On the surface this has nothing to do with the Blood Type Diet, but here is the application. Dr. D'Adamo has written that most Jews were Type B. The Old Testament Dietary laws seem remarkably close to the Type B food lists. So the Jews, if they followed the law, lived healthy lives.
However at this moment in history, the Christian faith was about to become a worldwide religion. What if the early Christians had taught their new gentile converts, who were Type A and Type O, that they had to follow the Jewish dietary laws? The teaching that was giving new life to their souls, would have made them physically unhealthy.
Christian teachers have for years referred to this passage as proof that Christians are free from the Old Testament dietary laws. Not only do I agree, but I see God's grace in that as he was extending salvation to the whole world, he was also removing a part of the law that had protected the Jews but would have harmed other races.
Today there are at least three books proclaiming themselves to be "Bible Diets." I tried to follow one of them several years before I found the Blood Type Diet. It pushes dairy products, whole grains, and legumes. It made me put on weight and sapped my energy. Small wonder - it is basically a Type B diet.
God, in Acts 10 and 11 frees all blood types from the Old Testament Law. Though scientists would not discover Blood Types for 100s of years, God knew how he had made us. He protected Type Os, As, and ABs from legalistically trying to follow a Type B diet.
One last word - the #1 Jewish ban is pork. It is also forbidden in Muslim law. And it is an avoid for every blood type.
I'll start with a quote for the day. I fixed pancakes this morning for my husband and daughter. I altered a recipe so that it had four (yes, 4) Type A beneficials. After telling me how good they were and asking for more, my husband said, "Don't tell me what's in them â€˜cause then I wouldn't like them."
If you read my biography or my earlier blogs, you know that I have studied nutrition as a hobby since I was 24 years old. I was frustrated by conflicting studies. Studies said high protein; other studies said complex carbohydrates. Studies said low fat; other studies said eat margarine not butter; other studies said oil not margarine. Studies said juicing is great; other studies said don't juice, you need the fiber.
As a journalist I understand that the good side of Freedom of the Press and Freedom of Speech is that I can form my opinion and express it. The bad side is that a lot of what is out there in books, on the Internet, and in scientific studies is junkâ€¦bad infoâ€¦lies.
When I first read about the BTD, truth just rushed at me. I understood why the studies conflicted. There are four blood types and each has different nutritional needs. I could follow the food lists and keep it simple. I loved it and it worked!
People on the Forum quote a lot of studies. Some of them are really interesting. But I began to feel the conflict again. The defining moment was the thread on eggs. One study said don't scramble your eggs. Another study said don't cook your eggs. Someone else thought raw eggs were dangerous. I left the Forum that day more confused and conflicted than I had been since I started the BTD.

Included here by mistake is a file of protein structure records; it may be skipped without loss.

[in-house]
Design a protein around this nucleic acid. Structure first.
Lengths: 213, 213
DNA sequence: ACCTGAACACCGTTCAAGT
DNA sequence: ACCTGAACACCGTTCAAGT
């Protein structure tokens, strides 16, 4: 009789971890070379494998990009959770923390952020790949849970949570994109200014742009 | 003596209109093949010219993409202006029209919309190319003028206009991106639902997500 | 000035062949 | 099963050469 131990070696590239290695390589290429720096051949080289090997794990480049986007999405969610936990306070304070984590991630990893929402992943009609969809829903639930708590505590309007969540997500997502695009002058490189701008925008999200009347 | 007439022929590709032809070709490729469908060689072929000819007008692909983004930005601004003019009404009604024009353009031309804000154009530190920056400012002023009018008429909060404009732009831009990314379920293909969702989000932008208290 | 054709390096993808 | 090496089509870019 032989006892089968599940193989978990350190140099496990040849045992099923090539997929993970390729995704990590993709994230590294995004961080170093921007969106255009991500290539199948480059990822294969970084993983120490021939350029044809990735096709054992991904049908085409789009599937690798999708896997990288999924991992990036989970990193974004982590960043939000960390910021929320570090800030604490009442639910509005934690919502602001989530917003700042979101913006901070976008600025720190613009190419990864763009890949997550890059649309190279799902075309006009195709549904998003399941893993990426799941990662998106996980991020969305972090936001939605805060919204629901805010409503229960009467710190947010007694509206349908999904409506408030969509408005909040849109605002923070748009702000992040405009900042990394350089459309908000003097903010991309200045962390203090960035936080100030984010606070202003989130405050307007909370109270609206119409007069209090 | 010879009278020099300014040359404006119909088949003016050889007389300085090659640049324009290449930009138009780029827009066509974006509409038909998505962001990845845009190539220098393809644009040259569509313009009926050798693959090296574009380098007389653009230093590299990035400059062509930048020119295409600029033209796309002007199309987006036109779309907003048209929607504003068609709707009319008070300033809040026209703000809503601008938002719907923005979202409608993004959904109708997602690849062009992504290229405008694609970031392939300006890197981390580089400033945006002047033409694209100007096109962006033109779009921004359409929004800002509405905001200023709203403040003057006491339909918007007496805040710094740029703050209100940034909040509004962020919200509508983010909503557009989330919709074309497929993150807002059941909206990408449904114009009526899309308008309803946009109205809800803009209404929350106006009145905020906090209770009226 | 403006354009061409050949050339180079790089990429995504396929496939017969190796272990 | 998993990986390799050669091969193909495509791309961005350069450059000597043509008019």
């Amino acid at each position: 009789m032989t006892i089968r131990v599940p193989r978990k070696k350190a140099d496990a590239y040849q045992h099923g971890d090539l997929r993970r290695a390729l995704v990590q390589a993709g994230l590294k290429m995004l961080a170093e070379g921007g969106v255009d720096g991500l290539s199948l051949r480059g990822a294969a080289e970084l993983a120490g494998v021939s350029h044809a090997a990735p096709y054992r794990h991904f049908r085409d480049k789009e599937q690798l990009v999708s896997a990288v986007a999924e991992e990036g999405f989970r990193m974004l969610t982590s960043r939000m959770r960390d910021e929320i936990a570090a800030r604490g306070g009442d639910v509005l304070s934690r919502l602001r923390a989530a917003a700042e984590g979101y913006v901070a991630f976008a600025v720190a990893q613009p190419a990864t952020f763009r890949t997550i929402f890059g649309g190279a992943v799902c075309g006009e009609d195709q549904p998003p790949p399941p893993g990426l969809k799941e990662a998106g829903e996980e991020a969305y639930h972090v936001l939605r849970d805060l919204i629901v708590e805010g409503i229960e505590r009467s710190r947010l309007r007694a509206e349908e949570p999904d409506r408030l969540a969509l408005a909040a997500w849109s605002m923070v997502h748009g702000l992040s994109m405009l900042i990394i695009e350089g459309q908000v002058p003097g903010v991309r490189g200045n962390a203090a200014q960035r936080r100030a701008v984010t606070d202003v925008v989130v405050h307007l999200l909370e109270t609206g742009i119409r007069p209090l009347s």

It's taken a few days to work through, but I'm going back to basics. I don't want to be anxious about making all the scientific studies agree. Most of those studies are funded by special interest groups that are trying to influence my purchasing behavior in some way. I want to go back to the freedom of my first months on the BTD. Eggs are neutral for Os. I'm going to eat themâ€”and eat them any way I want to.
Last week I wrote that I had been to a luncheon where Pecan Muffins were served. The original recipe didn't have much flour, relying instead on finely chopped pecans as the main ingredient. Last night I reduced the sugar and substituted kamut flour. I think I could have used rice or oat flour with equally good results. When the first pan of muffins was about half-baked, my husband and daughter suddenly appeared in the kitchen asking, "what smells good?" The muffins were intended for this morning's breakfast, but they could not wait. They ate a few last night and came to breakfast with eager anticipation this morning.
I've submitted the recipe to TYPEbase4. (I got a message that said it might take a day or two for it to be posted. Be patient.) This would be a wonderful addition to a holiday menu. It fills the house with the aroma of pecan pie. I baked them for breakfast, but they could be used as a dessert or an appetizer.
I have neglected baking bread for my Type As lately. Yesterday before I left for school I put a leg of lamb in the oven for me and ingredients for bread in the bread machine for the As. I used an old favorite bread recipe and substituted rye and kamut flours. As I was walking out the door, I peeked in the bread machine and saw A MESS. Instead of a soft ball of dough, there was a crusty blob that the machine could not knead. I guess one of the flours absorbed more moisture than wheat flour. I added a little water. The bread machine began splashing it out of the pan. I pulled the plug and put the mutilated dough in the refrigerator.
When we got home from school, I rescued the dough. I worked in the additional water by hand, put it back in the bread machine, and let it go through the first rise. Then I pulled it out and baked it as dinner rolls. My family loved them. It's probably the most enthusiastic they've been about bread since I started the BTD.
Unfortunately I have no idea how much water I used. I'll make them again, measuring as I go, before I post the recipe.